How to Care for Blooming Orchid Plants
Orchids are beautiful plants, and they can brighten up any room with their graceful stems and bright, colorful flowers. According to the American Orchid Society (AOS), phalaenopsis orchids are the most popular for indoor growing, although there are nearly 20,000 recorded species of orchids around the world. Taking care of your blooming orchid is not exceptionally difficult. As long as you provide it with the essentials all plants require—water, sun and air—your orchid should do just fine.
- Moderately Easy
things you’ll need:
- Warm tap water
- Diluted orchid food
- Pruning scissors
- Water your blooming orchid in the morning and only when the soil is nearly dry, probably about once each week depending on your climate. According to the AOS, overwatering is much more serious for orchids than not providing enough water. Stick your finger in the soil; if it feels moist, the orchid does not need water.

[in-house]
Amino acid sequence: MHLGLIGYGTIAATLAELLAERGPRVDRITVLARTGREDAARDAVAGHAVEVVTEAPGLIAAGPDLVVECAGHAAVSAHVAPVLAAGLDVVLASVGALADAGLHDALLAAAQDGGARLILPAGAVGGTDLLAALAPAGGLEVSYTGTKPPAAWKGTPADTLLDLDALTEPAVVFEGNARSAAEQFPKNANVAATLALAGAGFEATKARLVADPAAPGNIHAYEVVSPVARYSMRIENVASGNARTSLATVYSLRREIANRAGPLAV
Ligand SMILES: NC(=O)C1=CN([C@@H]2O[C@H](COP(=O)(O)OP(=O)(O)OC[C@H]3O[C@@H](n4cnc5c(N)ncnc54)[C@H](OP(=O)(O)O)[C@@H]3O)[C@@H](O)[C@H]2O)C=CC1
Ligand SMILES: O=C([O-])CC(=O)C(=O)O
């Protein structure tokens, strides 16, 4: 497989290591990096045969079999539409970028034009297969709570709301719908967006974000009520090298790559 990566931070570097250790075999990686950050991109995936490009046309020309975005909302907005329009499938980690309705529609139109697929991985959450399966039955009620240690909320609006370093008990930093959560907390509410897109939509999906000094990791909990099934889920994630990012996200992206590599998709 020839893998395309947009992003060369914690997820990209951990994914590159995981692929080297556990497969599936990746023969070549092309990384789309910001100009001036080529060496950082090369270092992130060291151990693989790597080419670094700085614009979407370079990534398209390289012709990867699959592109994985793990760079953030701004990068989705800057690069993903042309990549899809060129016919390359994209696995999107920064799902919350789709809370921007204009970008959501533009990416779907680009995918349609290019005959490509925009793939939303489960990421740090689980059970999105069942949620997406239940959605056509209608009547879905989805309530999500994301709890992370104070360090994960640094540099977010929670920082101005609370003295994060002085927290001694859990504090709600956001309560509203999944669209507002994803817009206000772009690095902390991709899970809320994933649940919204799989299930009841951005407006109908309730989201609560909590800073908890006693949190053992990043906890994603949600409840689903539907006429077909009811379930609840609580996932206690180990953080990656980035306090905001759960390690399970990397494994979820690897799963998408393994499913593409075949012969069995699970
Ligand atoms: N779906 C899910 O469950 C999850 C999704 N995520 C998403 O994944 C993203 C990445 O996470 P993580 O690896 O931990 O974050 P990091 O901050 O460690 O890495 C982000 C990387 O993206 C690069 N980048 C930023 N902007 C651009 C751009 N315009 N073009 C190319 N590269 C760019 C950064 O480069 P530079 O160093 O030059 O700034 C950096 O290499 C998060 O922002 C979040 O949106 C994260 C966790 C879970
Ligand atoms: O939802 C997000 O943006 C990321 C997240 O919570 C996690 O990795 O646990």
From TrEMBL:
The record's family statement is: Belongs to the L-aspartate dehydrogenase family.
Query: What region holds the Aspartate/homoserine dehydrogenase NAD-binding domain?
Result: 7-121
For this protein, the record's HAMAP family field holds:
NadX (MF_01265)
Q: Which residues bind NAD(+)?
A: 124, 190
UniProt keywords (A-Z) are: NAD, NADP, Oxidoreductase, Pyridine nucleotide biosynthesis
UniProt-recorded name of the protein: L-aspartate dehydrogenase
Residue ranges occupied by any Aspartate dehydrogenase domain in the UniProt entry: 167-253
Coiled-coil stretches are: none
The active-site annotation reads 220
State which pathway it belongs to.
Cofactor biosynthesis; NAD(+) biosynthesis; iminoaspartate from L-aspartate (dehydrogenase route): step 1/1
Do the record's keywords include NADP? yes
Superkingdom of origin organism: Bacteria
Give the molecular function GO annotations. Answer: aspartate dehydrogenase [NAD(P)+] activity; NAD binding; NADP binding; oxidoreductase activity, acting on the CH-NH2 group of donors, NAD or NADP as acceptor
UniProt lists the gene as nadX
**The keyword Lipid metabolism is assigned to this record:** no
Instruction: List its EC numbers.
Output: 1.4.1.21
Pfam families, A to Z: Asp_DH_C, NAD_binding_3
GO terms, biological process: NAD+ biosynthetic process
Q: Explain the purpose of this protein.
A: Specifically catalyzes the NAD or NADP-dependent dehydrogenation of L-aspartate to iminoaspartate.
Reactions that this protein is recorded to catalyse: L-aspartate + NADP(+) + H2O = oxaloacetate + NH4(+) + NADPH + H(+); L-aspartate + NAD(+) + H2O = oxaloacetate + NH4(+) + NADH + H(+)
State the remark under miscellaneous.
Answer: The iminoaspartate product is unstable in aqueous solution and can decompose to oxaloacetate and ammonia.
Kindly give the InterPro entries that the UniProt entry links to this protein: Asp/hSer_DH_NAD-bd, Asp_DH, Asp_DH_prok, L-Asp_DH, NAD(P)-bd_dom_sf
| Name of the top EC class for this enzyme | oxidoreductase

- Use slightly warm tap water for your orchid. The amount of water will depend on the size of your plant, but do not saturate the soil. Simply pour enough water into the soil to moisten it.
- Feed your blooming orchid with a diluted liquid plant or orchid food once a week. The AOS recommends avoiding any plant foods that contain urea. Dilute your orchid food to one-fourth of its original strength and apply it when you water the plant.
- Keep your blooming orchid away from direct sunlight, as direct sun will cause the blooms to burn and wilt. Orchids thrive in bright, indirect light.
- Keep your blooming orchid in a moderately warm location—over 70 degrees F—and avoid moving it while it is flowering. Orchid flowers are very susceptible to stress and will drop earlier than normal if they are exposed to cold air.
- Remove the orchid flower when it begins to wilt, dry and hang from the stem. Most orchids will bloom for 1 to 4 months, depending on the plant.
- Trim your orchid with pruning scissors after it has finished blooming. Some orchids will bloom again, while some will bloom only once. The phalaenopsis orchid will bloom again, according to the AOS, if you trim the stem to just above the second node. Nodes are brown notches on the green stem.